Wednesday, June 8, 2011

Play On

Olympia Little Theatre's latest

For reasons I can’t fathom, many community theaters seem to love doing comedies about badly acted and badly produced plays as presented by absurdly amateurish community theaters. Maybe they think their own productions will look good by comparison, or maybe they think missed cues and broken props and atrocious acting presented as comedy will cover up their own short comings.

I’ve seen some really bad theater about really bad theater in my time. I remember one that was done by a local theater at a small town high school, which I remember as being a complete disaster but which I was surprised to discover when I searched out my review to stimulate my memory, I had given a favorable review. There was another at a theatre in another small town that was so bad that I didn’t even save my review and have blocked the title from memory. All I can remember of it is that the audience howled with laughter while I felt sick at my stomach. I recall that the set kept falling apart piece by piece. The worst of all was a play that had what seemed like about 50 set changes with stagehands bumping into each other and at one point the director coming out to stop a stagehand, turn him around and push him in the other direction.

The gold standard for this sub-genre of comedy is “Noises Off,” which is not so much about bad acting as it is about everything else that can possibly go wrong in a theatrical production. Olympia Little Theatre advertises its current production of Rick Abbot’s “Play On” as a comedy “in the tradition of ‘Noises Off’.” 

I groaned a lot and laughed a little during the 2 ½ hours of this farce.  I dislike panning local amateur theater. I didn’t get into this in order to be snarky and get in sarcastic little digs at the dedicated theater people who put their hearts into their work. But I’m hard pressed to find anything good to say about this play.

It’s the story of a hard working but inept theater group trying to put on a play written by a local playwright, Phyllis Montague (Kendra Malm) who keeps making stupid changes to the script right up to opening night. The play is called “Murder Most Foul.”

Geraldine “Gerry” Dunbar (Jamie Jenson), the director of the play-within-a-play, is frustrated; one leading actress, Polly Benish (Carol Richmond), is a self-centered diva whom everyone but her doting husband, Henry (John Pratt) despises; and the other leading actress, Violet (Amanda Wagaman) is an ingénue with a pea-sized brain. The leading man, Billy (as played by Justin Smith), is the worst actor ever to set foot on stage. The problem with Smith’s acting is that he overacts almost as much in the role of Billy as he does as Billy’s character Stephen in “Murder Most Foul.”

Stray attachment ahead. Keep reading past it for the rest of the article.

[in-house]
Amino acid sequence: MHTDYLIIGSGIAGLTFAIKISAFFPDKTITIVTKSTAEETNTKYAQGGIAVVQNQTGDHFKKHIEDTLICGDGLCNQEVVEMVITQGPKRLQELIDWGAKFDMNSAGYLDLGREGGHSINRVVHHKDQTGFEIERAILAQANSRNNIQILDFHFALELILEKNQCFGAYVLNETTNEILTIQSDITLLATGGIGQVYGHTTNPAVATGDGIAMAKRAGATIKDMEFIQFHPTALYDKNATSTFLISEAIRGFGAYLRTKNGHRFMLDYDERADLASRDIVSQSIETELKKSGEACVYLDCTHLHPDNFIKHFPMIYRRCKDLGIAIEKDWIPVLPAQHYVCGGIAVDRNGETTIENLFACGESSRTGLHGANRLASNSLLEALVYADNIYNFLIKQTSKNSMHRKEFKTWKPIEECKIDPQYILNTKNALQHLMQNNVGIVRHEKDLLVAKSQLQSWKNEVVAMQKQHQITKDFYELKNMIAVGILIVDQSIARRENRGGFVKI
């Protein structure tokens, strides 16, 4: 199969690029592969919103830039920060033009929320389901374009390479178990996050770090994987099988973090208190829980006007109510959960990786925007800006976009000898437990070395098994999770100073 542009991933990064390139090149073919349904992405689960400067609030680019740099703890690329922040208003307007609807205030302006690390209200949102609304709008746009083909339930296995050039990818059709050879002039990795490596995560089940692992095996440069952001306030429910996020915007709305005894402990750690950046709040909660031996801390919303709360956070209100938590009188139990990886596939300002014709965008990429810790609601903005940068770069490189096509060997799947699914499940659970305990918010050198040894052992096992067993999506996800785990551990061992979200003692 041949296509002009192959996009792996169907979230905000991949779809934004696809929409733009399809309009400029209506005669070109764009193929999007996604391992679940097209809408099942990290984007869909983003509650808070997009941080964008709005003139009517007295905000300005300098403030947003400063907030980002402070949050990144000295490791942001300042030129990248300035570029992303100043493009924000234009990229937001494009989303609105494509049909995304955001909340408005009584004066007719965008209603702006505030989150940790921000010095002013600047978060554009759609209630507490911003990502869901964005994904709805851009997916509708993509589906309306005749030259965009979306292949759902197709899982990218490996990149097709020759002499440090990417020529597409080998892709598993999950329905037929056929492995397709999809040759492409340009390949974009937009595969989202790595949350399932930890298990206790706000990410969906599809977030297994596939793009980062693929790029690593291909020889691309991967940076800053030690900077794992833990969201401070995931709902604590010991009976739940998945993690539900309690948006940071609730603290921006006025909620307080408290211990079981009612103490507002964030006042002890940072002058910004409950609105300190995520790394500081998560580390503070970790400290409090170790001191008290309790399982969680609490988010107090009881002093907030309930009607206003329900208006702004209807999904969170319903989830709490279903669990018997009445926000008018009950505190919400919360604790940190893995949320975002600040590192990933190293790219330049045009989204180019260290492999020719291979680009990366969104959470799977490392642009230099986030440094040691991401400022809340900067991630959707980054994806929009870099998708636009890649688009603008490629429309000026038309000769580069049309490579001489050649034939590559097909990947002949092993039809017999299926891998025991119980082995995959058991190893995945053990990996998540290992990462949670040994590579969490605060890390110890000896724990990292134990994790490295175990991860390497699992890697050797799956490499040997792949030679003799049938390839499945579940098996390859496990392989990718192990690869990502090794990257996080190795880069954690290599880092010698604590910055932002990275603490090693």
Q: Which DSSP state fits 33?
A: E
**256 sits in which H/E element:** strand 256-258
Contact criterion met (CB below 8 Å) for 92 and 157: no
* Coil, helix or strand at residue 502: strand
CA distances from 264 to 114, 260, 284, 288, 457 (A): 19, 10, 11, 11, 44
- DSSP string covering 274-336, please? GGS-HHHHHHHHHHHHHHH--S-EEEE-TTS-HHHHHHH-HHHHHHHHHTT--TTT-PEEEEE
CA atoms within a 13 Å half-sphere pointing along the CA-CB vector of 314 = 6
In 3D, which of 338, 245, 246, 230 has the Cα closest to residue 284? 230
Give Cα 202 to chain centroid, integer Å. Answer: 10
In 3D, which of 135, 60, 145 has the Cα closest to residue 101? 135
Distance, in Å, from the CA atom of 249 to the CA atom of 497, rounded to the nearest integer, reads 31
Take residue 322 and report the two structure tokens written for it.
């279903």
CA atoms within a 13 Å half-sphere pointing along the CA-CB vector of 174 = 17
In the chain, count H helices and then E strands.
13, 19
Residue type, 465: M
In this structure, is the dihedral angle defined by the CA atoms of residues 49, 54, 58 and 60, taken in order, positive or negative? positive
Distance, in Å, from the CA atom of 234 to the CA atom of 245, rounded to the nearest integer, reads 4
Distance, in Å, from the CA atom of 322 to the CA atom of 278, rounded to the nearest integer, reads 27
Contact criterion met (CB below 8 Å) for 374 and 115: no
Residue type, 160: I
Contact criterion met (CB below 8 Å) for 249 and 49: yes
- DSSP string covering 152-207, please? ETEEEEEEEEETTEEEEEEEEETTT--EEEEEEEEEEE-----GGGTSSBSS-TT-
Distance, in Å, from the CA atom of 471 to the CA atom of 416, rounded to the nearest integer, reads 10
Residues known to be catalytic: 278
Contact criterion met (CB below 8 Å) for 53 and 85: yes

Bad acting is not funny -- unless it is done by a great actor to comic effect. That’s what is supposed to happen here, but with few exceptions it does not. Matt Garry pulls it off pretty well as the villainous Saul Watson (silly as it may seem, I really liked his drawn-on mustache, which is much longer on one side than the other), and Wagaman does a credible job of depicting ditsy Violet as an actress who struggles with her lines and with which words to emphasize. Some of the better writing and acting is displayed when she demonstrates how slight changes in emphasis can completely alter the meaning of a sentence.

The best thing about this show is the program for the play “Murder Most Foul,” which is stuffed inside the program for “Play On.” This program-within-a-program for the play-within-a-play is a fun satire of small town theater programs, and it is filled with in-jokes.

WHEN: 7:55 p.m. Thursday-Saturday and 1:55 p.m. Sunday through June 26
WHERE: Olympia Little Theatre, 1925 Miller Ave., NE, Olympia
TICKETS: $10-$12, available at Yenney Music Company on Harrison Avenue (360-943-7500) or
INFORMATION: 360--786-9484,

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